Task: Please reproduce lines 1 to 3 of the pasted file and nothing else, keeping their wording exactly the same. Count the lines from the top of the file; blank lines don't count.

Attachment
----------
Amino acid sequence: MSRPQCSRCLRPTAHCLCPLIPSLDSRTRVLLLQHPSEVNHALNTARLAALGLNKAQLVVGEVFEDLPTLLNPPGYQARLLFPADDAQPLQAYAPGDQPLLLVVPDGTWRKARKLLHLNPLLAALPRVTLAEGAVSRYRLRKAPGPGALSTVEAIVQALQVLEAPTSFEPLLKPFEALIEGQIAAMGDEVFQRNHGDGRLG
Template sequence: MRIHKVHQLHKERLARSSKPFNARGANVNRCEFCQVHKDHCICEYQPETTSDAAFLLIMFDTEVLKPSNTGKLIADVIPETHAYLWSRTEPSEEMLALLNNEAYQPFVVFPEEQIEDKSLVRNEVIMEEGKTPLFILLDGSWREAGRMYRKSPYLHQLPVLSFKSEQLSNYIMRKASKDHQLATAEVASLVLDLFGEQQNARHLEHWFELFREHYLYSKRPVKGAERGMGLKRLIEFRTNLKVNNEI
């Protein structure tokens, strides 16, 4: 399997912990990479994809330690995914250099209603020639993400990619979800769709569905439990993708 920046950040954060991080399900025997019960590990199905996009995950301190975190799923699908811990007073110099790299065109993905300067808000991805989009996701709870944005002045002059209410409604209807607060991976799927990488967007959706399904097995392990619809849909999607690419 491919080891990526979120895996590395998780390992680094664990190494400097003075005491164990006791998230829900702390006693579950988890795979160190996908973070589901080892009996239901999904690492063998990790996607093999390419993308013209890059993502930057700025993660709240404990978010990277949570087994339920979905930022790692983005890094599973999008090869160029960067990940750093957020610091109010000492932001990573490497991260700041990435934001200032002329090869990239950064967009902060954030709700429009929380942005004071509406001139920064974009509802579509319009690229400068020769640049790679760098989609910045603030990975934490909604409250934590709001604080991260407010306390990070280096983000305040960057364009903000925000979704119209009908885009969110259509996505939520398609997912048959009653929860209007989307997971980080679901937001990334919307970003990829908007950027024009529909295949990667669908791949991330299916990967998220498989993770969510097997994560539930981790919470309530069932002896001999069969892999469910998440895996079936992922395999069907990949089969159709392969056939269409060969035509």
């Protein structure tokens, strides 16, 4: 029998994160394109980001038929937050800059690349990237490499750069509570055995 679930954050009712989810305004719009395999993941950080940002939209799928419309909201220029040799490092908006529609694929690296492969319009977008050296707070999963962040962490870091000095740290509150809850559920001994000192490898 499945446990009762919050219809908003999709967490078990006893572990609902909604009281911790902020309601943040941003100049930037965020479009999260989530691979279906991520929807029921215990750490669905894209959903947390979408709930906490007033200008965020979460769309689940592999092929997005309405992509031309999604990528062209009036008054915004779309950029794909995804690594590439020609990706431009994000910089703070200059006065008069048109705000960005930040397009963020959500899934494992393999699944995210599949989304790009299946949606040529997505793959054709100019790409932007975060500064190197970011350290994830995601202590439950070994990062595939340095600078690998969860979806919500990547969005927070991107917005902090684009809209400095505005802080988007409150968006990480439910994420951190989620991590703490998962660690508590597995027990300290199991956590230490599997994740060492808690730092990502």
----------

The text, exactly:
Amino acid sequence: MSRPQCSRCLRPTAHCLCPLIPSLDSRTRVLLLQHPSEVNHALNTARLAALGLNKAQLVVGEVFEDLPTLLNPPGYQARLLFPADDAQPLQAYAPGDQPLLLVVPDGTWRKARKLLHLNPLLAALPRVTLAEGAVSRYRLRKAPGPGALSTVEAIVQALQVLEAPTSFEPLLKPFEALIEGQIAAMGDEVFQRNHGDGRLG
Template sequence: MRIHKVHQLHKERLARSSKPFNARGANVNRCEFCQVHKDHCICEYQPETTSDAAFLLIMFDTEVLKPSNTGKLIADVIPETHAYLWSRTEPSEEMLALLNNEAYQPFVVFPEEQIEDKSLVRNEVIMEEGKTPLFILLDGSWREAGRMYRKSPYLHQLPVLSFKSEQLSNYIMRKASKDHQLATAEVASLVLDLFGEQQNARHLEHWFELFREHYLYSKRPVKGAERGMGLKRLIEFRTNLKVNNEI
């Protein structure tokens, strides 16, 4: 399997912990990479994809330690995914250099209603020639993400990619979800769709569905439990993708 920046950040954060991080399900025997019960590990199905996009995950301190975190799923699908811990007073110099790299065109993905300067808000991805989009996701709870944005002045002059209410409604209807607060991976799927990488967007959706399904097995392990619809849909999607690419 491919080891990526979120895996590395998780390992680094664990190494400097003075005491164990006791998230829900702390006693579950988890795979160190996908973070589901080892009996239901999904690492063998990790996607093999390419993308013209890059993502930057700025993660709240404990978010990277949570087994339920979905930022790692983005890094599973999008090869160029960067990940750093957020610091109010000492932001990573490497991260700041990435934001200032002329090869990239950064967009902060954030709700429009929380942005004071509406001139920064974009509802579509319009690229400068020769640049790679760098989609910045603030990975934490909604409250934590709001604080991260407010306390990070280096983000305040960057364009903000925000979704119209009908885009969110259509996505939520398609997912048959009653929860209007989307997971980080679901937001990334919307970003990829908007950027024009529909295949990667669908791949991330299916990967998220498989993770969510097997994560539930981790919470309530069932002896001999069969892999469910998440895996079936992922395999069907990949089969159709392969056939269409060969035509």